One of the best aspects about Alteryx is that there are thousands of ways to do the same thing, all driven by the thought process of the user. The world is your oyster, depending on your approach. To break it down practically, let’s look at three key steps of a workflow: data inputs, data wrangling, and data outputs.
Step 1: Data Inputs
The data inputs are the starting point of an Alteryx workflow. In an ideal scenario, the first input should be a fixed asset data file free of any prior manipulations. This will ensure that the data stays consistent on a period-by-period basis. When configuring your data set, be sure to check your data for the Sage critical depreciation elements. These are the data elements that Sage requires to be included upon import of any asset information.
After configuring the initial input, you will get into the more Sage-specific data inputs. I refer to the second data input as the “Sage Language” input. This contains the necessary details on an asset-level to ensure a successful input into the system. These include the property type, asset life, depreciation method, bonus percentage and the declining balance percentage. Generally, these can be joined to the original fixed asset data using an asset class or other asset type identification. The final data input is one that I only recommend for experienced Sage Fixed Assets users, which the SQL Server database tables. This allows you to connect, via Microsoft SQL Server Quick Connect, to the informational tables which store the Sage Fixed Asset data.
When properly connecting and configuring the connection to the tables, it will allow you to seamlessly reference the data currently in the system and reconcile any current period activity. After properly importing the data inputs, it is time to move onto the data wrangling steps.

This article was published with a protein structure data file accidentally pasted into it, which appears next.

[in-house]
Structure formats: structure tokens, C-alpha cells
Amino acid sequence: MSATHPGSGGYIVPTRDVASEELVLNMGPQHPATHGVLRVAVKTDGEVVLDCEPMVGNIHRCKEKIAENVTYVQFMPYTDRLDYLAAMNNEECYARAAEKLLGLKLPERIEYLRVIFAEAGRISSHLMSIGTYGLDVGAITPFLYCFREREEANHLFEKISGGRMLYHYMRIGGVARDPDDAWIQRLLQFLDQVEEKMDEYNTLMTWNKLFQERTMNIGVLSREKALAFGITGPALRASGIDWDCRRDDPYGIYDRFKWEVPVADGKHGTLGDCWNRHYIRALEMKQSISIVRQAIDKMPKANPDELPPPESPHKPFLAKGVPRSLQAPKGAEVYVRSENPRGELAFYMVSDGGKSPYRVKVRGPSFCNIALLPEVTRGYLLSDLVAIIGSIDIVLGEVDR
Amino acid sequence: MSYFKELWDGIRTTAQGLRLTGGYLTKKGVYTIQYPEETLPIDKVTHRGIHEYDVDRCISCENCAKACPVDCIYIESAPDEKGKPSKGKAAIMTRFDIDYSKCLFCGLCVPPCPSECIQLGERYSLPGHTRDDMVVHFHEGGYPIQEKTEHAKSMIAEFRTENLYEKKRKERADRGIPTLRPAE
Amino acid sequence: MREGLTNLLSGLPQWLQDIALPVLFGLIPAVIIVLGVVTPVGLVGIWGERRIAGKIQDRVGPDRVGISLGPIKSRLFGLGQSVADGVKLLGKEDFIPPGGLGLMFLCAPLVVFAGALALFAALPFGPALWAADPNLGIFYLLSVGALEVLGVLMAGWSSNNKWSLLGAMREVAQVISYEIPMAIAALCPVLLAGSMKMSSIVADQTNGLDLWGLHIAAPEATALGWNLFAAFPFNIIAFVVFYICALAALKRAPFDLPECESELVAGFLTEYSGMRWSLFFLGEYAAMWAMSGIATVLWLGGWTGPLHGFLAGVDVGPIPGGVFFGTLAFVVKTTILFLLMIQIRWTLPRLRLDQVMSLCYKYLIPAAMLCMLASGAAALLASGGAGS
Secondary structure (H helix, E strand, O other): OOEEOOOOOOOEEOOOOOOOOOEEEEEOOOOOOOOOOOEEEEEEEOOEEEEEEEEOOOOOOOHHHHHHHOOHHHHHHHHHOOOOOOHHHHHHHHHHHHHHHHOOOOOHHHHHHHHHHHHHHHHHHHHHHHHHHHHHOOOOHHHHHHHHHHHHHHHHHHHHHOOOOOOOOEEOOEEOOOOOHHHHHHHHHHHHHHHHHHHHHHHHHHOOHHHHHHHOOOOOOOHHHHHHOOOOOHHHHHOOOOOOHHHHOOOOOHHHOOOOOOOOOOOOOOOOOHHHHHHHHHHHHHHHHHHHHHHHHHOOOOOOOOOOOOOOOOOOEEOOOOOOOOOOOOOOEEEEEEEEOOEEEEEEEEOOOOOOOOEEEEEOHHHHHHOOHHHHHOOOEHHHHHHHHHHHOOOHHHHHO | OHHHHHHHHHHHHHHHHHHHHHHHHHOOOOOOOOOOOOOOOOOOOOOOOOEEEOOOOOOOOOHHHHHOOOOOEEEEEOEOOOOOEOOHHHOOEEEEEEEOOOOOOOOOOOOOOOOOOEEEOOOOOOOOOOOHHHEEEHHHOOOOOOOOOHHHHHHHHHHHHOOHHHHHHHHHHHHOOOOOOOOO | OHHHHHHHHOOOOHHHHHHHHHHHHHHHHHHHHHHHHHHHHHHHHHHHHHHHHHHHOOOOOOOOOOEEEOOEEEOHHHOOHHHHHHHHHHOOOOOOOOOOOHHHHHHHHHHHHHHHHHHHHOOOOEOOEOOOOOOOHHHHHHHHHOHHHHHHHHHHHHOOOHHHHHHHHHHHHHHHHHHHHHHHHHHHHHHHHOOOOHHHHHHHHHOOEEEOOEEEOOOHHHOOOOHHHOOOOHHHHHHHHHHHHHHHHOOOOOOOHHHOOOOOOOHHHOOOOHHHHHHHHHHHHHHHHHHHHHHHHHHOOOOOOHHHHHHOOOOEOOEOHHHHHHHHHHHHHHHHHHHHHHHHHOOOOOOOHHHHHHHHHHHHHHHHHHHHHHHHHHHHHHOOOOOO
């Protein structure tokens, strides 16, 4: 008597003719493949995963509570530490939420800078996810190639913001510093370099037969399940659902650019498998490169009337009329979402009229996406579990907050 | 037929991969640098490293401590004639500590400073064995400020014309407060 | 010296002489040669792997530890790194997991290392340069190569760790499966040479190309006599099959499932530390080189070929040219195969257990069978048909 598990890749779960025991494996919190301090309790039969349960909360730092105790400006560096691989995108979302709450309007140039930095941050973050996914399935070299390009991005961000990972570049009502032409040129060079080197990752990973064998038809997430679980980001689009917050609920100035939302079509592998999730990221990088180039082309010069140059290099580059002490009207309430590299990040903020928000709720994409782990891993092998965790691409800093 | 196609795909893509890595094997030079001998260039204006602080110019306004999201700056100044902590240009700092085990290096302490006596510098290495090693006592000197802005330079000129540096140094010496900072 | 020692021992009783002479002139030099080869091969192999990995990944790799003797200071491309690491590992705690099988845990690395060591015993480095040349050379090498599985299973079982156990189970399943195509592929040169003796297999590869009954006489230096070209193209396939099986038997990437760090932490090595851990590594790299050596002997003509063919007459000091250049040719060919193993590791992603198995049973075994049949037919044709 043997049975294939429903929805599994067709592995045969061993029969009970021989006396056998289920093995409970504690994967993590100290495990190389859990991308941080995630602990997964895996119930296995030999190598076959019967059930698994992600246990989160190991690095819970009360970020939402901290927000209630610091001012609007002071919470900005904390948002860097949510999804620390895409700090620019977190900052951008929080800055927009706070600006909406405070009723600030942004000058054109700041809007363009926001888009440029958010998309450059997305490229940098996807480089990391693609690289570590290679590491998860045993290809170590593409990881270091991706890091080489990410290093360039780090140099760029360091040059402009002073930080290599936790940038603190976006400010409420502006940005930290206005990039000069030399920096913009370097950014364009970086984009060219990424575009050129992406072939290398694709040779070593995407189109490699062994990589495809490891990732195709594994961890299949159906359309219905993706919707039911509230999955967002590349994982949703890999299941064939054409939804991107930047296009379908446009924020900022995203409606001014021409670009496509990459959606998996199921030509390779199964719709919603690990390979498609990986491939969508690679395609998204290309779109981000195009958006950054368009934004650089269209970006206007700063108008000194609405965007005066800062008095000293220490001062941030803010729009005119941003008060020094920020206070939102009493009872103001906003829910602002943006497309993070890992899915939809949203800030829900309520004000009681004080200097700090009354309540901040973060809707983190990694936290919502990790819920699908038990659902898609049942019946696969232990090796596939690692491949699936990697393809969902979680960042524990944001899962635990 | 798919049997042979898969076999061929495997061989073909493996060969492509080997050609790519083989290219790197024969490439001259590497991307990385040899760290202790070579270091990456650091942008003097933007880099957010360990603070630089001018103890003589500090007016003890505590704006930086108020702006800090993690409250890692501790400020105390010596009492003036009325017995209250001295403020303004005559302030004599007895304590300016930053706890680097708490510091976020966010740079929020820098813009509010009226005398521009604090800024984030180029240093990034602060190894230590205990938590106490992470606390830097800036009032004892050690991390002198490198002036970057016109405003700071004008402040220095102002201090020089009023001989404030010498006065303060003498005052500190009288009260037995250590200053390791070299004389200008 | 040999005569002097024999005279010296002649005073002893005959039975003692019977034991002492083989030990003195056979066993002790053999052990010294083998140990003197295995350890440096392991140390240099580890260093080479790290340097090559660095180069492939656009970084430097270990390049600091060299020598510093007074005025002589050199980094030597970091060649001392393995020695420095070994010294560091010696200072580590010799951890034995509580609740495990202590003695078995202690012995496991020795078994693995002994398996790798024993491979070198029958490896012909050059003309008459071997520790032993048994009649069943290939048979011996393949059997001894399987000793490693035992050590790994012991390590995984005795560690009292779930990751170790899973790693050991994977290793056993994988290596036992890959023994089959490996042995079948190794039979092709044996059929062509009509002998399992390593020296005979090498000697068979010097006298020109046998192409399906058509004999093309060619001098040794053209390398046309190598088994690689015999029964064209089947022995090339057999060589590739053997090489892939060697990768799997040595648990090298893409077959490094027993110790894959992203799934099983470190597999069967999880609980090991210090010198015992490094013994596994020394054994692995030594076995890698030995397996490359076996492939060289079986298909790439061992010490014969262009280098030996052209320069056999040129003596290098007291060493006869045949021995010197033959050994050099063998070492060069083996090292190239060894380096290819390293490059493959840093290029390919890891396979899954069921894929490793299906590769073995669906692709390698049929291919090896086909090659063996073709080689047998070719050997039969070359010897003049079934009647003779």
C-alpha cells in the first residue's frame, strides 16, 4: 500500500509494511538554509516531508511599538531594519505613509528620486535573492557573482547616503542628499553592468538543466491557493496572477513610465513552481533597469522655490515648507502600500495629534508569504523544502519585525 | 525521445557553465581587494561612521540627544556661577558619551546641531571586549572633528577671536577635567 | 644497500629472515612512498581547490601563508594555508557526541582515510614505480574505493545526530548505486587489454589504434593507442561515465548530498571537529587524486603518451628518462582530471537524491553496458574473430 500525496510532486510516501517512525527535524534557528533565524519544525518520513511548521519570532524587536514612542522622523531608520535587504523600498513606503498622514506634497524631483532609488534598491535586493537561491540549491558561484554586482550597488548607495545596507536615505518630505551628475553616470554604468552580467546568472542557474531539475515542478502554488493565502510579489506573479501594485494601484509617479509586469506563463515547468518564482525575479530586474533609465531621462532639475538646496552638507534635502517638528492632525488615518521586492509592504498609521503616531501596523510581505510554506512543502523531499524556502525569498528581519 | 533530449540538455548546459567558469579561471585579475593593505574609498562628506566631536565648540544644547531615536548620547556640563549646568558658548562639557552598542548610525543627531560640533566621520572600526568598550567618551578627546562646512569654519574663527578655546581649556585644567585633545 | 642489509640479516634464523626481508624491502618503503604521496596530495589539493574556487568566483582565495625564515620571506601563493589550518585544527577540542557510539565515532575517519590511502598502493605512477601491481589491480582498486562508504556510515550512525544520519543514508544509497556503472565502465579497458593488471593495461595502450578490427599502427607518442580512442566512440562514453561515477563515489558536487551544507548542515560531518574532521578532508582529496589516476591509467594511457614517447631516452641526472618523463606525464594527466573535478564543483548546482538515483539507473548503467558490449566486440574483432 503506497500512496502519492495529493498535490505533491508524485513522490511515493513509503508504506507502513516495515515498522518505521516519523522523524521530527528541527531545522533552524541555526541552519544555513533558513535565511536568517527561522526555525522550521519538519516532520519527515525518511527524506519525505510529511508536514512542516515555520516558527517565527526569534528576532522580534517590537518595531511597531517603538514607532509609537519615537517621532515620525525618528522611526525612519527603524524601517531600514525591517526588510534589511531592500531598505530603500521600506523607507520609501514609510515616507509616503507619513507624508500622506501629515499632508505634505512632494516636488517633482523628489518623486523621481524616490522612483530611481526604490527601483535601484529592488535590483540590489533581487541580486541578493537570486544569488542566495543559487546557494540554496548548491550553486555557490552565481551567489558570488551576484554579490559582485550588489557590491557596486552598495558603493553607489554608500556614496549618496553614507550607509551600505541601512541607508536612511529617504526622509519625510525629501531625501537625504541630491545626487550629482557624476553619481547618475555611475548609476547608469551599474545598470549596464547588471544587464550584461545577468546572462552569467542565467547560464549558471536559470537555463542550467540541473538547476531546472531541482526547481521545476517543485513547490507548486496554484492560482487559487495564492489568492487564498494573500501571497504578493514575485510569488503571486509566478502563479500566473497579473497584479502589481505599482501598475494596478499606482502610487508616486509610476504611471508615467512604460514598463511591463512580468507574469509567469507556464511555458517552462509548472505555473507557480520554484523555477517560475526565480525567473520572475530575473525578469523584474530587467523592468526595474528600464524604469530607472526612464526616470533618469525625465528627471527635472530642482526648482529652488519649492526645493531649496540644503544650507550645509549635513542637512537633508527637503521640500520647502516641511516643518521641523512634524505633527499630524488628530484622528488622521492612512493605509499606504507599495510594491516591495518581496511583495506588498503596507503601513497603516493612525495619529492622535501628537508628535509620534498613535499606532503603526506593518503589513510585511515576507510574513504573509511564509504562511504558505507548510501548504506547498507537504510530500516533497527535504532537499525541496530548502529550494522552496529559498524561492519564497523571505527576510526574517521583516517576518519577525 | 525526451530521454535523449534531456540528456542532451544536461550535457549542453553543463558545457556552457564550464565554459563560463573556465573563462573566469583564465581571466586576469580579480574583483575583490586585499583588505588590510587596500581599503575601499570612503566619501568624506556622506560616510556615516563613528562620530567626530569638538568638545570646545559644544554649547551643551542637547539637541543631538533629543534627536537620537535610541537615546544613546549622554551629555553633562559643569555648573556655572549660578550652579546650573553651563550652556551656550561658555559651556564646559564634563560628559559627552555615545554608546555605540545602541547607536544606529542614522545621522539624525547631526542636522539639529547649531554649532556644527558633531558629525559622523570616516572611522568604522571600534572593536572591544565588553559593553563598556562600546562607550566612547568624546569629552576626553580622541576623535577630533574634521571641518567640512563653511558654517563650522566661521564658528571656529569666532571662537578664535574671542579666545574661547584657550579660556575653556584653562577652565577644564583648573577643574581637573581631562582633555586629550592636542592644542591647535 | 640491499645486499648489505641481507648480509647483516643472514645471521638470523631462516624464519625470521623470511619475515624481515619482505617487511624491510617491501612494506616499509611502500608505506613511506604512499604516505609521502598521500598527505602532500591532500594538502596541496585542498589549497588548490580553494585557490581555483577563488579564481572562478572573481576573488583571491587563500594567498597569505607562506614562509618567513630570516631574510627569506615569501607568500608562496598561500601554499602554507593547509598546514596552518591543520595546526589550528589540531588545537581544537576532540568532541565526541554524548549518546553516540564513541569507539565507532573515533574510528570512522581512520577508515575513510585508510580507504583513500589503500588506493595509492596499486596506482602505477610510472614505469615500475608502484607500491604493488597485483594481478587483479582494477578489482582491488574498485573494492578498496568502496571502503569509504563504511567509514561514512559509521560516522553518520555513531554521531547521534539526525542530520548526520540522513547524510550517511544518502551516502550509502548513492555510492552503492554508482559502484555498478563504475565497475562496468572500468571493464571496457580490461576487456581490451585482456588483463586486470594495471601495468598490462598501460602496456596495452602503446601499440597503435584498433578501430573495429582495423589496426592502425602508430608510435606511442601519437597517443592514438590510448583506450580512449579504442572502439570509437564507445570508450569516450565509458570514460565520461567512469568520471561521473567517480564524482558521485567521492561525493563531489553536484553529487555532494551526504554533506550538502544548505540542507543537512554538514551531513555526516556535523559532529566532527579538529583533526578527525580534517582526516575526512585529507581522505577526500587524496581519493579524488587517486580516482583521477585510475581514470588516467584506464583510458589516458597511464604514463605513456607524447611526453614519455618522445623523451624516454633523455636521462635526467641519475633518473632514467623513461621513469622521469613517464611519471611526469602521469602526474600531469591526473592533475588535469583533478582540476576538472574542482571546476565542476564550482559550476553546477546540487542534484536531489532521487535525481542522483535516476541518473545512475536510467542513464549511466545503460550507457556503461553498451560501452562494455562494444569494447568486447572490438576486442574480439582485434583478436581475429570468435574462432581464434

Step 2: Data Wrangling
The second step of the workflow would be manipulating the data to ensure a smooth importing process into the Sage Fixed Assets software. This will require detailed knowledge in two different areas, the incoming data side, and the Sage Fixed Assets side.
For example, what are the common transactions across your company? Do you need to account for trailing costs or the bifurcation of prior period assets? Knowing the answers to these questions will help you set up the proper manipulations of your data. From the Sage Fixed Assets side, there are some common issues with importing assets that you may need to address. These include 0 cost assets, cumulative MACRS and bonus depreciation, and assets placed into service and disposed of in the same year. Properly addressing these pain points can save you when it comes to importing the assets.
Step 3: Data Outputs
The final step in the workflow process for Sage Fixed Assets is the data output. This can be as simple as producing an addition import to the system or as complex as reading the SQL tables to reconcile the data already processed. If the previous considerations were accounted for and the data inputs were properly imported into Alteryx, any sort of output is possible. As a best practice, it is recommended the group the outputs into two categories: current period activity and reconciling the activity. When doing it this way, it will ensure that the data is first processed before it is reconciled.
With the ever-changing nature of tax depreciation, it is imperative to simplify the data preparation aspect as much as possible. Alteryx has shown to be an effective middleware to aid in this process.